Doctors and nurses will be able to speed up the process of giving KGH patients antibiotics – by using an app on their phone.
The hospital has launched antibiotic app MicroGuide, enabling staff to swiftly check exactly which antibiotics to prescribe, in what dose and in what way form.
It will also give staff the most up to date national and local guidance to help tackle bacteria that are becoming resistant to antibiotics.
This is especially important locally as patterns of antibiotic resistance in the KGH area are known and it is important to use the right kind of antibiotics to ensure patients get the ones that work most effectively.
The app was developed by KGH’s antimicrobial pharmacist, Naomi Fleming, antimicrobial clinical technician Julie Fosbrook and trust lead for antimicrobial stewardship Dr Essam Rizkalla.
Naomi said: “It’s an app that is free and easy to download on to your phone and it gives you instant access to a very wide range of local – and national - guidance and information on appropriate antibiotic use.
“It is very important we use the right antibiotics, in the right way, to treat patients to give them the very best chance of combating illnesses that are caused by bacteria.
“Antibiotic resistance is a growing problem, both locally and nationally, and it is important for us to do everything we possibly can to prevent it.”
Julie said: “The app enables staff to make decisions about antibiotics quickly without the need to open up a trust computer and then having to spend time looking for the right links on our internal intranet system.
“Because it is quick and easy it should help speed up decision-making which should help patients to get home sooner.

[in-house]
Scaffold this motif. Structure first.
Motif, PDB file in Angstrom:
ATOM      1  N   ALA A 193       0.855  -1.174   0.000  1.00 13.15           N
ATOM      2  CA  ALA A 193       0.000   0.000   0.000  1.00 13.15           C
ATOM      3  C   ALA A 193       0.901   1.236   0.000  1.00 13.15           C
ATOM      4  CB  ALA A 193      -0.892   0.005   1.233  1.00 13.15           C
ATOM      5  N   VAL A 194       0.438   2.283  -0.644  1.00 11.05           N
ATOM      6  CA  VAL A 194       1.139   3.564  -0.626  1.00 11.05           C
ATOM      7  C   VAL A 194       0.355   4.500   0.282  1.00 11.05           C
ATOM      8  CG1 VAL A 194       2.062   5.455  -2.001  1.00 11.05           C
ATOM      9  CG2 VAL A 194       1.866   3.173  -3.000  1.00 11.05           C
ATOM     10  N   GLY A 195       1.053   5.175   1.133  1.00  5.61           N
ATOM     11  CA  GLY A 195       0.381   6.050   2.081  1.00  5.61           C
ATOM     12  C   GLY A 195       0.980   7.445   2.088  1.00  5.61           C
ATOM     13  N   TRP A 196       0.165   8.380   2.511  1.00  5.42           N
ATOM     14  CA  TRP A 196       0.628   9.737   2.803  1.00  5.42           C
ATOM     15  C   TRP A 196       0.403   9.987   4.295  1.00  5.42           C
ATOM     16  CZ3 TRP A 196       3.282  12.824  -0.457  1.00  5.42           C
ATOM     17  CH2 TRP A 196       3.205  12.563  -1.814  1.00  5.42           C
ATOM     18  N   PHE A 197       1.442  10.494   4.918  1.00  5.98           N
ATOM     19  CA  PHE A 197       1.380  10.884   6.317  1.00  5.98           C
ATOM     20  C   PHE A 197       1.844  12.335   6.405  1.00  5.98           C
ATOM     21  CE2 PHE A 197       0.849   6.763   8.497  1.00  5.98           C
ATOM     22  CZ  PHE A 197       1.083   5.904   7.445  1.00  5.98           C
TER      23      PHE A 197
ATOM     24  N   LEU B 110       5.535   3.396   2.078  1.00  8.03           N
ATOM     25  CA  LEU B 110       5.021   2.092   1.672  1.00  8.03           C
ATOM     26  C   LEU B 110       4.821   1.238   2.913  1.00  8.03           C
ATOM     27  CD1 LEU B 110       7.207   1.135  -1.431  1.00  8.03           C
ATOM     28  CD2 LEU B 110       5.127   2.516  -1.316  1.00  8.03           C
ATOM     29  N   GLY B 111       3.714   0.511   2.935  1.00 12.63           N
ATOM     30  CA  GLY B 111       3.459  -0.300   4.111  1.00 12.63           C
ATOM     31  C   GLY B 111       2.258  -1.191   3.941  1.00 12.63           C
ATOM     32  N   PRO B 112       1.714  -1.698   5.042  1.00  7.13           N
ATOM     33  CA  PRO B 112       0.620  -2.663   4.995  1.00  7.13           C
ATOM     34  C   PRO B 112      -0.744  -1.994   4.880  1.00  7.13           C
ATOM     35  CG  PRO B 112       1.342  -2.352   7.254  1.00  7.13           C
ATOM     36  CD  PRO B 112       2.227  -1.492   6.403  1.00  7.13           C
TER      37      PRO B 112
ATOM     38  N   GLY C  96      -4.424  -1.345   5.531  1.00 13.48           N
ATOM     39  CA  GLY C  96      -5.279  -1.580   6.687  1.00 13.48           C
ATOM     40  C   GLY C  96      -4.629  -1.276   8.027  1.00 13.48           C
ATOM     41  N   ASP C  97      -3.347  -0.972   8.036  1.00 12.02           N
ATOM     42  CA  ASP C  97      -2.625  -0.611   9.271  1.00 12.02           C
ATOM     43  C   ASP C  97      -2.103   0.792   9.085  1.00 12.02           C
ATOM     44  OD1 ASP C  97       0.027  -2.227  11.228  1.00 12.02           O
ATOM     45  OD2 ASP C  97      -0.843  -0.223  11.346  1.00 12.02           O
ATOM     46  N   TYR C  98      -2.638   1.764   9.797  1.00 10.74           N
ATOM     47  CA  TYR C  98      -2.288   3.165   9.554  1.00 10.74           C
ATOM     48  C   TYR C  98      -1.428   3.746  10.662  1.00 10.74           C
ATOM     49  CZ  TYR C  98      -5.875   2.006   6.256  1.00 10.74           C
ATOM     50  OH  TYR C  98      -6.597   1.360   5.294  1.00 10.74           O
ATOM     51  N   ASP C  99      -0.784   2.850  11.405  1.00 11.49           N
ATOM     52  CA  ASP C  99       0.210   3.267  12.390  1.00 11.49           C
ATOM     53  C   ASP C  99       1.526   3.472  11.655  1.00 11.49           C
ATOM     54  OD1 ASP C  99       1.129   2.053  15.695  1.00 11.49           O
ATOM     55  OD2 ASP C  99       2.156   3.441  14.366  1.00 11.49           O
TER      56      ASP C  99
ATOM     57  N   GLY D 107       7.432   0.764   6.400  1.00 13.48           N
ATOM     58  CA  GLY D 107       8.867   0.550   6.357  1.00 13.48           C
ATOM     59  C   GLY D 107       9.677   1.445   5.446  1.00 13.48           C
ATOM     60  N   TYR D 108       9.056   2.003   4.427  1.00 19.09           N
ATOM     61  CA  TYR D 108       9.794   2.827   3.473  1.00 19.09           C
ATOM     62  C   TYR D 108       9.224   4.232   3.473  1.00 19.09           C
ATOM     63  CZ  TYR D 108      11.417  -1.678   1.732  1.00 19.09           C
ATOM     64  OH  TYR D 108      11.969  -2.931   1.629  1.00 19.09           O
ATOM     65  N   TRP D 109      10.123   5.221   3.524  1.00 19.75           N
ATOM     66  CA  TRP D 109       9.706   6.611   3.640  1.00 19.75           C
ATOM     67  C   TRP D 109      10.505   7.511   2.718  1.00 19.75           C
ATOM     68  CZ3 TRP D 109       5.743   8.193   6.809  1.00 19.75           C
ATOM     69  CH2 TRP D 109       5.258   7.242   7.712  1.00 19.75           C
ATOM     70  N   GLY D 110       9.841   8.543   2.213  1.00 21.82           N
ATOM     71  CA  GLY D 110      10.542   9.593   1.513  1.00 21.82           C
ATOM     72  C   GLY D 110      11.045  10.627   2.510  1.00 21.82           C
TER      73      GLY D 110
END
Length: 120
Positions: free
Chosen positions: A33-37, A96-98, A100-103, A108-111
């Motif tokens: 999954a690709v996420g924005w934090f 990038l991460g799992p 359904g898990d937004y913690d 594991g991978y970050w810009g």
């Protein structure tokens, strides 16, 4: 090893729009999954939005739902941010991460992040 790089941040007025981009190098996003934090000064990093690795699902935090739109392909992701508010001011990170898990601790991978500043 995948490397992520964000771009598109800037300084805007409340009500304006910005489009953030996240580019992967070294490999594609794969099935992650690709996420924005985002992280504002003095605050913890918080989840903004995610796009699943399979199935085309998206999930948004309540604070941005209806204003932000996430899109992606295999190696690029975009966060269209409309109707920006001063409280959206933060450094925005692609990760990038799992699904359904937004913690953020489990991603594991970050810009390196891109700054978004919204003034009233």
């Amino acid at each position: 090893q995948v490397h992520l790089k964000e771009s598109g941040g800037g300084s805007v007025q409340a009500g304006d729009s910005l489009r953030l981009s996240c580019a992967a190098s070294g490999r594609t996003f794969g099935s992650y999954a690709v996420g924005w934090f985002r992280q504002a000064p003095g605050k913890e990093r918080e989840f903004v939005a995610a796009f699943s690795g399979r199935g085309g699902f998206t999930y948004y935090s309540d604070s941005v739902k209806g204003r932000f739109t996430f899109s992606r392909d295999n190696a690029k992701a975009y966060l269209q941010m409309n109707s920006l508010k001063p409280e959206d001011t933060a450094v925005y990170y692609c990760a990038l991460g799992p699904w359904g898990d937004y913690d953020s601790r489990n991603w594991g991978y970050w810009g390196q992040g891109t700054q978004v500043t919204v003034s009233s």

“It also provides lots of other important information – for example how to treat patients who may be allergic to say penicillin.”
The app is available for free from Google Play, Apple App Store, and Windows Phone Store by searching for MicroGuide and then choosing Kettering General Hospital.
Kettering General Hospital has a good record for infection prevention and control and has done much pioneering work internally to publicise appropriate prevention of key infections such as Clostridium Difficile (C Diff) and MRSA.
The trust has been free of a hospital-acquired MRSA blood stream infection for more than 1,000 days, and is on target for achieving its C Diff target of no more than 26 infections for the year ending March 31, 2018.
It has had 21 so far over the past 11 months.
Lead nurse for infection prevention and control Jennie Lovell said: “We very much welcome the introduction of the new mobile phone app to help staff to quickly prescribe the right antibiotics in the right way.
“It should support the hospital’s always ongoing work to keep infections to a minimum and tackle the growing problem of antibiotic resistance.”